BEIRUT — As the list of names of Lebanese designers showing during Paris Couture Week grows, one regular came back home to Beirut this season.
“I felt in a way that I need to do something in my country,” said designer Basil Soda. “We left because of the war in 2006.”
Throughout the ensuing difficulties, he continued to operate his atelier from Beirut but showed in Paris. This season he brought his collection home because, he said, “we need to change the mood here.”
His spring couture collection was unveiled in a presentation format to local media, buyers and international guests. Inspired by Pieris butterflies, the collection was rendered in sheer fabrics — tulle, chiffon and lace."
“Everyone who knows me knows I’m a little bit aggressive, so I took my woman to a garden,” said Soda, explaining the delicate nature of the collection.
In keeping with the hard lines and cuts that have come to define the designer, he juxtaposed the softness of the butterfly by exposing what he calls the inner skeleton. “When you see an image in an X ray, you see a lot of details that are not known,” he explained. Each piece is a combination of two dresses layered over one another, the softness of the butterfly juxtaposed against the X ray underneath.
With the help of celebrity placement agents and stylists, Soda’s couture creations have become quite popular on the red carpet. He has dressed Marion Cotillard, Lady Gaga, Katy Perry, Paris Hilton, Britney Spears and Morena Baccarin.
He said the exposure has done a lot for the business. “One of the best things we’ve done is working on the red carpet. This reflects in sales. When you start doing ready-to-wear, the buyers taking your brand are interesting in seeing your visibility. Visibility through the red carpet is excellent,” he said, hastening to add, “I don’t want to be only a red-carpet designer.”
His rtw, now in its fifth season, is gaining traction. He currently sells in nine markets, including the U.S., France, Russia and the Middle East. He produces 1,200 pieces a season at his atelier in Beirut. As demand increases, he hopes to move production to Milan. Next season he will also launch his accessories line, as well as his second ad campaign, featuring model Jessica Stam.
Though he will again show couture in Paris, bringing his couture collection back to Beirut was partly business-driven. “For the couture, we still rely on our customers from the Middle East,” said Soda. Lebanon has a long tradition of couture, catering to Middle Eastern clients who spend lavishly, especially on weddings.
Soda said he employs 75 tailors and 35 embroiderers, mostly for the couture business. He spent four years working for fellow Lebanese designer Elie Saab, whom he considers a good friend. “I admire him, I respect him, he’s a person I love,” he said. “I left only because I wanted to open my own.”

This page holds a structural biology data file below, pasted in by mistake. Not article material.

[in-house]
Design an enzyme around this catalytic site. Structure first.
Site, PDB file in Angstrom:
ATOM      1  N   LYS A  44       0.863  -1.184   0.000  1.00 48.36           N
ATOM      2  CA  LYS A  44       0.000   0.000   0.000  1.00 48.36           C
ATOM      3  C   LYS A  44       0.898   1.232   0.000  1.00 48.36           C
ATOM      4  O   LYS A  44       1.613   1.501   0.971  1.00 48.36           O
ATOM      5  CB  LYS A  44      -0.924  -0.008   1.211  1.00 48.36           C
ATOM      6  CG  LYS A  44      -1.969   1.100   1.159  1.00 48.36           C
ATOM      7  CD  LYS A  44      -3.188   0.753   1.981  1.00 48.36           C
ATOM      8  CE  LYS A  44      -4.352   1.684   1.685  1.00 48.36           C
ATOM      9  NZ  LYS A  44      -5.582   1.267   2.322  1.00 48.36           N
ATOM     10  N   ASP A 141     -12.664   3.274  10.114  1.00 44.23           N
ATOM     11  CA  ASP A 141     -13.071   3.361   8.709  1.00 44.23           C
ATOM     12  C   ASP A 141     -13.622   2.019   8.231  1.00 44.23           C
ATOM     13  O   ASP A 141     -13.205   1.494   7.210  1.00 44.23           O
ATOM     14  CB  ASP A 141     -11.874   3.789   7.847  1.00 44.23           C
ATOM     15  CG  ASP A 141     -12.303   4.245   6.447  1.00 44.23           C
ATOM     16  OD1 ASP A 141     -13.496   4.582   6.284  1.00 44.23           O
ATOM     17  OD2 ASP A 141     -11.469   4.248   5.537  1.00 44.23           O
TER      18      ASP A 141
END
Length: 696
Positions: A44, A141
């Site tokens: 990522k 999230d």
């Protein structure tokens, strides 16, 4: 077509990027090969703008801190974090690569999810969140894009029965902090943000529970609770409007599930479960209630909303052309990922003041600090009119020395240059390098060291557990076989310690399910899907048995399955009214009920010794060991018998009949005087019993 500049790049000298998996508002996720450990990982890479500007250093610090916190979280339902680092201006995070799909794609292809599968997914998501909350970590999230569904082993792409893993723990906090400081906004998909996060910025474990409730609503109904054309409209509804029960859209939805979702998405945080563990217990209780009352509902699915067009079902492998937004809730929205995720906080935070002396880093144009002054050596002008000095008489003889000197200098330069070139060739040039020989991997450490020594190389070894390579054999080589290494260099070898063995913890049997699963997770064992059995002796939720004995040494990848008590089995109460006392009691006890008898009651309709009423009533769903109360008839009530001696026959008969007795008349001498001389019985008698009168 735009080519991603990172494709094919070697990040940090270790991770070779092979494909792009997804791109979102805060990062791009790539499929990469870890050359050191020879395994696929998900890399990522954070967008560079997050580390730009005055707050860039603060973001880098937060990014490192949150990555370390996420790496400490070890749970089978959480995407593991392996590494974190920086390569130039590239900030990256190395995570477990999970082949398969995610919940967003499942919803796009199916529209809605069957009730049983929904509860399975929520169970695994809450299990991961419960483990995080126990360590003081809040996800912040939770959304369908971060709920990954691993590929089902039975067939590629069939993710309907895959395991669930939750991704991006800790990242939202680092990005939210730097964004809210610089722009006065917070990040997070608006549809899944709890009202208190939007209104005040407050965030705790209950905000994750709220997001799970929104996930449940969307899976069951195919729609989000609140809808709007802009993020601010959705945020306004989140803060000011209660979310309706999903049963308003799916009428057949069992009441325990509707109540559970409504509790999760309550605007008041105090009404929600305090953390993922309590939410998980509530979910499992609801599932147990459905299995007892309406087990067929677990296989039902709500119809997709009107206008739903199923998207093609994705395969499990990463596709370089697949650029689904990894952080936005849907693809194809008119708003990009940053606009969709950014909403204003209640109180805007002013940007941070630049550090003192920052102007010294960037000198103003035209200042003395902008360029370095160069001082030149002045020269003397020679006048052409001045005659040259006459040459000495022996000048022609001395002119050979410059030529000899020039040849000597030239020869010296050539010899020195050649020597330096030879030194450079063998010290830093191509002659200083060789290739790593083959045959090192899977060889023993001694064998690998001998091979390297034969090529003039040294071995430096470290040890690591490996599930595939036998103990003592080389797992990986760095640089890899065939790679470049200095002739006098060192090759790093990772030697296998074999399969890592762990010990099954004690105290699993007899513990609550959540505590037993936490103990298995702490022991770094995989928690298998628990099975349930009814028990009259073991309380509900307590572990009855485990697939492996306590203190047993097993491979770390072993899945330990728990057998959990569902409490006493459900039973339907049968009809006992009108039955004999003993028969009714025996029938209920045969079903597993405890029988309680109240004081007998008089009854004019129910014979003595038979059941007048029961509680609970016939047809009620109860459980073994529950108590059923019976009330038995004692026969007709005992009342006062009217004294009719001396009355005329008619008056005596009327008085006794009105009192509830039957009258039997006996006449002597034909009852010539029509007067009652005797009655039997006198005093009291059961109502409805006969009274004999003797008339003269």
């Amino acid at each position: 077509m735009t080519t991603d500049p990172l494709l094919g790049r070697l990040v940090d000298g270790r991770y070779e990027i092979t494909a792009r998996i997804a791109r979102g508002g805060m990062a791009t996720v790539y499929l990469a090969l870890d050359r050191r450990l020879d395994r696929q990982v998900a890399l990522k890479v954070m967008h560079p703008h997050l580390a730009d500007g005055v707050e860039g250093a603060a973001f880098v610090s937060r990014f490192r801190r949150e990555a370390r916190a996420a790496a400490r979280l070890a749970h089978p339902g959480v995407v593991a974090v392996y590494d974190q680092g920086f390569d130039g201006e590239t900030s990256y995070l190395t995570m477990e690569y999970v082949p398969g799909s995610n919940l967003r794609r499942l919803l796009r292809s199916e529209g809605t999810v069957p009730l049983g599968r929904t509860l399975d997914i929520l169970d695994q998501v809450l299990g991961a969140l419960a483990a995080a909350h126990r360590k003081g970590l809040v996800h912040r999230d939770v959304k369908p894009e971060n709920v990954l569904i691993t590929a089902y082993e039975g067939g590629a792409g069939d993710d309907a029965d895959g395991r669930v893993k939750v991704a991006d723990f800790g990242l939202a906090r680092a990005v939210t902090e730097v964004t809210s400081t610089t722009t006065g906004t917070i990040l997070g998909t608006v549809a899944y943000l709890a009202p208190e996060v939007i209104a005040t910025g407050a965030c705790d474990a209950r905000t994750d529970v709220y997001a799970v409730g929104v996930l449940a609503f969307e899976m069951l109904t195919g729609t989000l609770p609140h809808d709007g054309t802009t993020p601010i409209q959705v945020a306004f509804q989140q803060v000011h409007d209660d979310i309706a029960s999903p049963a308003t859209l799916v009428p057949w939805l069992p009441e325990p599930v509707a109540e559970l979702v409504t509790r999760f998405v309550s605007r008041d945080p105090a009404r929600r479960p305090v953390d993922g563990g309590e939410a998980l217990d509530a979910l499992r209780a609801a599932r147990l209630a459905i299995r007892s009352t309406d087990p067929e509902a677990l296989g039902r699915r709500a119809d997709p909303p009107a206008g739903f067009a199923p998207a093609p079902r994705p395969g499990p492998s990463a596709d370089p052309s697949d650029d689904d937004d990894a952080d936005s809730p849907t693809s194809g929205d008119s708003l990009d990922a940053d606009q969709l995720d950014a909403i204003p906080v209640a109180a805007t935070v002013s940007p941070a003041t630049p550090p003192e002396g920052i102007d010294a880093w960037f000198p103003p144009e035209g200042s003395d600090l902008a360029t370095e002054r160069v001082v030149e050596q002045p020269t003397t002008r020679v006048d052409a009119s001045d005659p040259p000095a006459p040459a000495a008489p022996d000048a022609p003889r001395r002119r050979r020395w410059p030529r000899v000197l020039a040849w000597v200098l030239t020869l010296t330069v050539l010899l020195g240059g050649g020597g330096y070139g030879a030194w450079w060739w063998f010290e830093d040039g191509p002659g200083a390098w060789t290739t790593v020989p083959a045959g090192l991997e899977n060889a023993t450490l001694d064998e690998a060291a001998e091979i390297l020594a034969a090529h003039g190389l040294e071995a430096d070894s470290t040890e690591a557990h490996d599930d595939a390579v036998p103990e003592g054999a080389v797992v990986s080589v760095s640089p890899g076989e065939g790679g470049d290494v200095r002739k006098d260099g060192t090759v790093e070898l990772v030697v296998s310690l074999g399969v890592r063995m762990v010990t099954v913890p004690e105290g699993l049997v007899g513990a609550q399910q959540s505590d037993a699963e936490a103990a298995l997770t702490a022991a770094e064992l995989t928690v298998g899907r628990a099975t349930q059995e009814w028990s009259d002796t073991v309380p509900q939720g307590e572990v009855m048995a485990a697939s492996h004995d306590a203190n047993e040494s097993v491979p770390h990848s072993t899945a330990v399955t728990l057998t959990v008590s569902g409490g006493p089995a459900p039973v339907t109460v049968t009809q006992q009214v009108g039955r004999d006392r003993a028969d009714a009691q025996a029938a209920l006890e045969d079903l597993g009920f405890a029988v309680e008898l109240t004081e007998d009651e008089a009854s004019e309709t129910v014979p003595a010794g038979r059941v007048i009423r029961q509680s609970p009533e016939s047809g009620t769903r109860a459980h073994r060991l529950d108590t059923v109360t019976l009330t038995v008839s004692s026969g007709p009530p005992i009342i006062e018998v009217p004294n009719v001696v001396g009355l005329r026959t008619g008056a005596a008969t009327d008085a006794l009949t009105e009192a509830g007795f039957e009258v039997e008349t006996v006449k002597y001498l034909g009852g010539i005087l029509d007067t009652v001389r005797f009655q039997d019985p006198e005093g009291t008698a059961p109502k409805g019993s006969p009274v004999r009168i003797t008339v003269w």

Soda said he opted for a presentation instead of a runway show in Beirut because logistically it is difficult to bring models, as well as production crews, into Lebanon. However, he said things at home are evolving at a rapid pace.
“There is a generation here. I want to work with stylists here. There is a new vibe happening, they have a different sense of fashion. I’m still very attached,” he said.
“Azzedine has been one of the biggest influences in my life. He has always been such a strong, loving, fatherly figure to me. I call him Papa. His designs are indescribably unique, they are pieces of art. He knew how to make the female form look its loveliest. I have so many memories of him; my favorite might be during my first show with him in Paris. He liked me and he wanted to help me get more work. He called all his friends at Kenzo and Comme des Garcons, and asked them to book me. They said, ‘But she can’t walk!’ And he said, ‘but she has such a great ass!' His friendship and support has been the great privilege of my career. I can't imagine life without him. Repose en paix mon Papa.” - @stephanieseymour tells @wwd. #wwdfashion (📷: @steveeichner) #alaia #azzedinealaia
Azzedine Alaïa, flanked by two of his closest friends, models Stephanie Seymour and Naomi Campbell.
He designed Seymour’s dress for her 1995 wedding to Peter Brant, and treated Campbell (who famously called him Papa), like a daughter. For more on the legendary designer, tap the link in bio. #wwdfashion #alaia #azzedinealaia
Azzedine Alaïa's “I-did-it-my-way” ethos stood out starkly at a time when brands are experimenting with consumer-facing fashion shows, coed formats and trans-seasonal collections – anything to perk up lackluster sales of ready-to-wear in an age of Insta-everything. “It’s not creation anymore. This becomes a purely industrial approach,” the late designer told WWD in an interview last year. “But anyway, the rhythm of collections is so stupid. It’s unsustainable. There are too many collections.” Read more about the iconic designer’s life and work on wwd.com, link in bio. #wwdfashion #azzedinealaia (📷: @WWD Archive, 1986) #alaia
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Azzedine Alaïa, one of the most iconic couturiers of the modern era whose body-con designs defined Eighties fashion, has died in Paris. The diminutive Tunisian-born designer, known for his structured knitted dresses with fitted waists and impeccably cut, figure-hugging second skin silhouettes was deeply admired by his peers, and counted supermodel Naomi Campbell - his adoptive daughter - among his inner circle, one of a gang of glamazons including Farida Khelfa, Carla Bruni and Stephanie Seymour who became ambassadors of his style. (📷: Alexandre Guirkinger) #wwdblast